Automatic Chicken-Plucker (Aug, 1929)
If you want to see a rather disturbing, yet captivating, video that shows how insanely scaled up modern food-animal production has become, watch this clip from the movie Samsara. If you’d like a video with a more vintage feel, check out the amazing “This is Hormel” from the always awesome Prelinger Archives at Archive.org.
Application of the principle of the vacuum sweeper lias been applied to this device shown below so that it automatically plucks fowl in a few minutes time. The bird is held against a rotary “grill”, enclosed in a cylinder, through which suction passes as in a sweeper. As the feathers are separated by the air current, they come in contact with a metal plate, equipped with several catchers which pluck the feathers and fine down when rotating.
Portable Unit Puffs Cereal Grains (Dec, 1936)
I’m kind of amazed I haven’t seen one of these still in use in Portland. It seems like artisanal breakfast cereal would be very popular here. Salted caramel hemp puffs anyone?
Portable Unit Puffs Cereal Grains
DESIGNED especially for light manufacturing, a new machine recently introduced by a Portland, Oregon, manufacturer
converts wheat and rice grains into a delightful breakfast cereal. Four quarts of dry grain when exploded makes about one bushel of breakfast food. The machine can be operated by one person and will produce $120 worth of merchandise per day. An electric motor operates the device.
COWS EAT SAWDUST AND THRIVE ON STRANGE DIET (Dec, 1930)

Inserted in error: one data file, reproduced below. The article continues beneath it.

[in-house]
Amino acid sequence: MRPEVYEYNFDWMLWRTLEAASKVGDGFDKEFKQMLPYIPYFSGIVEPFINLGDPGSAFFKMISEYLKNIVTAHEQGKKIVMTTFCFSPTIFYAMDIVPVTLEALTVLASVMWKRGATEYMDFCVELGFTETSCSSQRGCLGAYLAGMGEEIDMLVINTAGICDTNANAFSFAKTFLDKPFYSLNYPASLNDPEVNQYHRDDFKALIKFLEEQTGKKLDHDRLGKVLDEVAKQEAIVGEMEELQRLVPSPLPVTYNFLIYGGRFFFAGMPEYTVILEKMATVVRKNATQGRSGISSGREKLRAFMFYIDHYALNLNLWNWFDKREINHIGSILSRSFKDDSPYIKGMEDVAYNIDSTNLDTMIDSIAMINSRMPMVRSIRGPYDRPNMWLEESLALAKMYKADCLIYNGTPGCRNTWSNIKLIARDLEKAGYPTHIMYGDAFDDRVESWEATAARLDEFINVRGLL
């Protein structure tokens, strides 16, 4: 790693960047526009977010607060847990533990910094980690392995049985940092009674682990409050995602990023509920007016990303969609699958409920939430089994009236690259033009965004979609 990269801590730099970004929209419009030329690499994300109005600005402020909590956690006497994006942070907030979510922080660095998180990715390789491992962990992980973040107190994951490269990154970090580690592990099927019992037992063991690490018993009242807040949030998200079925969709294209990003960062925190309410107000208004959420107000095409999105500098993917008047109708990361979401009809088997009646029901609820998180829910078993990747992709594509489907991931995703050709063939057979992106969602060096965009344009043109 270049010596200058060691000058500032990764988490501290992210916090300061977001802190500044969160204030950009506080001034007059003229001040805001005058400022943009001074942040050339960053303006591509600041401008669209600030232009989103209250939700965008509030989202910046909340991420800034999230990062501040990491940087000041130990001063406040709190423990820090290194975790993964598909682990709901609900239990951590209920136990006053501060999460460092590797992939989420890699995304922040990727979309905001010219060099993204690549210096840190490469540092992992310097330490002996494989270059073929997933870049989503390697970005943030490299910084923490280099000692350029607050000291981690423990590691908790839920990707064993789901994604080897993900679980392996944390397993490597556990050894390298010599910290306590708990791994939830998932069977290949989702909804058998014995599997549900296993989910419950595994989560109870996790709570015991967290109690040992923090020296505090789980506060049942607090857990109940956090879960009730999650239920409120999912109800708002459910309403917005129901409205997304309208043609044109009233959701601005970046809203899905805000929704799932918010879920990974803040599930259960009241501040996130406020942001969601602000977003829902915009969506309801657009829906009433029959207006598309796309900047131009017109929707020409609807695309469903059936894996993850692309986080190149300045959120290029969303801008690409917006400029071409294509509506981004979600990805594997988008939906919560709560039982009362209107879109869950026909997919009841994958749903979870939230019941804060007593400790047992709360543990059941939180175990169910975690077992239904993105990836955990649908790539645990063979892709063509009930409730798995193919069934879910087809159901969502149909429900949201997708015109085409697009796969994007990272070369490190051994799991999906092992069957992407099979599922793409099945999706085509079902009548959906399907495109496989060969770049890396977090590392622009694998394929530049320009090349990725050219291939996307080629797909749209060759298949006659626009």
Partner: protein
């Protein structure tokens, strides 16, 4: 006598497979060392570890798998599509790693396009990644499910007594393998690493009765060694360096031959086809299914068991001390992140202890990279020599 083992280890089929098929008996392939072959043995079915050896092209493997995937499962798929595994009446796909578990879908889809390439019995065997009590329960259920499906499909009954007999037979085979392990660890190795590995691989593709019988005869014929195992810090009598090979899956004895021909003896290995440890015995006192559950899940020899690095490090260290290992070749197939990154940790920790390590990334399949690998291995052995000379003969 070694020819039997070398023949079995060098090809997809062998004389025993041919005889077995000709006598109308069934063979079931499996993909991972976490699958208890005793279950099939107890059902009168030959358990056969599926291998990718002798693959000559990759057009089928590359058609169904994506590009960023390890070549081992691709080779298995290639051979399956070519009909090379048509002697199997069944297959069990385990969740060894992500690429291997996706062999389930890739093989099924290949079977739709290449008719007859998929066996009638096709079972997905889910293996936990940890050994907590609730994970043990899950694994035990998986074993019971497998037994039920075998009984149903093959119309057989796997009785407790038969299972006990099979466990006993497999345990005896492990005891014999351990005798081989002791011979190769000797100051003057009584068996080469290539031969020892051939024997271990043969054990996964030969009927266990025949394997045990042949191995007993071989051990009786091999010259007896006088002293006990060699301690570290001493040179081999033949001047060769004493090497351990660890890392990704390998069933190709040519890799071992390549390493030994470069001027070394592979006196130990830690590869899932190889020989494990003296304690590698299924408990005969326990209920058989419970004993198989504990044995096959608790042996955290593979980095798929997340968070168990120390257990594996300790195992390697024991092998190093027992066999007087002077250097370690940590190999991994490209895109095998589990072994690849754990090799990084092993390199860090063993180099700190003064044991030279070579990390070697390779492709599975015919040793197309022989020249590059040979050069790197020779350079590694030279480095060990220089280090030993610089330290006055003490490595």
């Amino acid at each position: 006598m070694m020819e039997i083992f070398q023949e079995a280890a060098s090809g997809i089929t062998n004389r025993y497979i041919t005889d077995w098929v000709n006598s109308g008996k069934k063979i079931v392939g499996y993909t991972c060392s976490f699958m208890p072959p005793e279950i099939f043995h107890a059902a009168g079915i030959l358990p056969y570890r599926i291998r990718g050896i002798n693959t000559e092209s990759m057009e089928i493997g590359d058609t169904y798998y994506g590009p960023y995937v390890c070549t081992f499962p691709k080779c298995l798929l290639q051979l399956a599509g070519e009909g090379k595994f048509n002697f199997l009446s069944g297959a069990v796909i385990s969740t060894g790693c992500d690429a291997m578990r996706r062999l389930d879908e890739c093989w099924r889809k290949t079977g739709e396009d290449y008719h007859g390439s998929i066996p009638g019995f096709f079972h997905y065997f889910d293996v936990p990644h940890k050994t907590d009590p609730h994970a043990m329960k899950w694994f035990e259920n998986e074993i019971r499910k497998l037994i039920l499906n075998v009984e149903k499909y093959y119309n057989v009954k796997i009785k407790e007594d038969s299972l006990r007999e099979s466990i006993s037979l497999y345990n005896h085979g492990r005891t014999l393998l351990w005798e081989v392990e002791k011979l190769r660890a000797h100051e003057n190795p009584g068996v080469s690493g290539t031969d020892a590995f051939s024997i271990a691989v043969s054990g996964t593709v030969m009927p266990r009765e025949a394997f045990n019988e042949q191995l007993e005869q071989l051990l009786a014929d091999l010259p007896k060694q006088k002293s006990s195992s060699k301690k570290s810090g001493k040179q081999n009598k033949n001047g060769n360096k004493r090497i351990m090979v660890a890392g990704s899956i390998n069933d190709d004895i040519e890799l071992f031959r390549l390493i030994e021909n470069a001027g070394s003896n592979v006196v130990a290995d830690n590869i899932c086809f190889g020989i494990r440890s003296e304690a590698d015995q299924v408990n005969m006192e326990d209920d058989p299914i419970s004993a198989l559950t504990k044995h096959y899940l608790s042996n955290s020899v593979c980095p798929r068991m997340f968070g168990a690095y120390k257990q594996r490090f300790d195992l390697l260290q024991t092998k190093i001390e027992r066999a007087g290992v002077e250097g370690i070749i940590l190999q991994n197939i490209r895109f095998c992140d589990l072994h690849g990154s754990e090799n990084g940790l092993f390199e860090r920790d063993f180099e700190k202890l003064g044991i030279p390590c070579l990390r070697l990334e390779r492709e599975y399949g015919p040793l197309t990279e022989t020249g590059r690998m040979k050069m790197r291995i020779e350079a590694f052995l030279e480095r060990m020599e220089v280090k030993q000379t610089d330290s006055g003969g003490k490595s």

I found the 1922 preliminary report on the process along with the 1926 study done on the composition, digestibility and feeding value of the hydrolyzed sawdust.
From the 1926 article: “The method of treatment consists in cooking the sawdust under 120 pounds pressure with dilute sulphuric acid, which converts
a portion of the cellulose and allied substances into sugar. The liquor resulting from the digestion together with the washings from the undigested sawdust residue is neutralized with lime and evaporated to a thick syrup, which is mixed with the dried residue. The product is then ready for feeding. It is a dark brown somewhat powdery meal with a slightly sweet woody odor and a woody flavor.”
Before anyone tries to draw comparisons with “Fresh Horizons” bread from the 70’s, that high fiber bread contained wood pulp and NOT sawdust. And it was banned in Canada.
COWS EAT SAWDUST AND THRIVE ON STRANGE DIET
Making cows eat sawdust, and like it. is the feat of the Forest Products Laboratory, Madison, Wisconsin. A process has developed that converts the fiber of the woody pulp into food for cattle by treatment with heat and chemicals. Its immediate application is seen in utilizing the sawdust that was formerly a useless by-product of lumber camps. Tests indicate that cows and other livestock thrive on the sawdust diet.
My Profits Are Mushrooming (May, 1950)
Check out a the slightly more refined process used today. (video)
My Profits Are Mushrooming
A small corner in your basement and a bit of fungus mold are all you need to start a mushroom farm and grow yourself a big-money business.
By Corwin Fred
BACK in 1929 I knew nothing about running a business. I did know, however, that I wanted one of my own, and I realized it had to be some enterprise I could start without much cash—and learn as I went along.
A few months later the profits had really started mushrooming from my own business—growing and selling mushrooms. As a mushroom farmer, I’ve been squeezed into some tight corners—but I’ve squeezed out again.